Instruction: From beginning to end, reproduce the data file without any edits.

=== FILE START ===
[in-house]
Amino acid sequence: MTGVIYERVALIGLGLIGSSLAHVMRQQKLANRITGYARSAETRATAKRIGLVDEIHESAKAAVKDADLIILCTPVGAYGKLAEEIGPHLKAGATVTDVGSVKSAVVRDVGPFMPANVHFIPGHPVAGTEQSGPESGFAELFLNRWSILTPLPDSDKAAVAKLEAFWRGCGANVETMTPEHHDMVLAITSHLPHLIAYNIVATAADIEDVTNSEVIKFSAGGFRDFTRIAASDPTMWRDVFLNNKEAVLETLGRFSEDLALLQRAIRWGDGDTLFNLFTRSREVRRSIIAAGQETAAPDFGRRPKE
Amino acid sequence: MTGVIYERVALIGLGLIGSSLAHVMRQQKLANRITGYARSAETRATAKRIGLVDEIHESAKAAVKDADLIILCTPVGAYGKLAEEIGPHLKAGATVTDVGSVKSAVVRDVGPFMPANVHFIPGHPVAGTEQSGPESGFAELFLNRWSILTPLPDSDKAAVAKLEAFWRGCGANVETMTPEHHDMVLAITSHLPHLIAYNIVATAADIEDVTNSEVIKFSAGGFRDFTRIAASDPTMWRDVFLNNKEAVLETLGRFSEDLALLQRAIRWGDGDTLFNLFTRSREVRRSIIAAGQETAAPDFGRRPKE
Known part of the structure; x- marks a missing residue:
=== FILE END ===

[in-house]
Amino acid sequence: MTGVIYERVALIGLGLIGSSLAHVMRQQKLANRITGYARSAETRATAKRIGLVDEIHESAKAAVKDADLIILCTPVGAYGKLAEEIGPHLKAGATVTDVGSVKSAVVRDVGPFMPANVHFIPGHPVAGTEQSGPESGFAELFLNRWSILTPLPDSDKAAVAKLEAFWRGCGANVETMTPEHHDMVLAITSHLPHLIAYNIVATAADIEDVTNSEVIKFSAGGFRDFTRIAASDPTMWRDVFLNNKEAVLETLGRFSEDLALLQRAIRWGDGDTLFNLFTRSREVRRSIIAAGQETAAPDFGRRPKE
Amino acid sequence: MTGVIYERVALIGLGLIGSSLAHVMRQQKLANRITGYARSAETRATAKRIGLVDEIHESAKAAVKDADLIILCTPVGAYGKLAEEIGPHLKAGATVTDVGSVKSAVVRDVGPFMPANVHFIPGHPVAGTEQSGPESGFAELFLNRWSILTPLPDSDKAAVAKLEAFWRGCGANVETMTPEHHDMVLAITSHLPHLIAYNIVATAADIEDVTNSEVIKFSAGGFRDFTRIAASDPTMWRDVFLNNKEAVLETLGRFSEDLALLQRAIRWGDGDTLFNLFTRSREVRRSIIAAGQETAAPDFGRRPKE
Known part of the structure; x- marks a missing residue: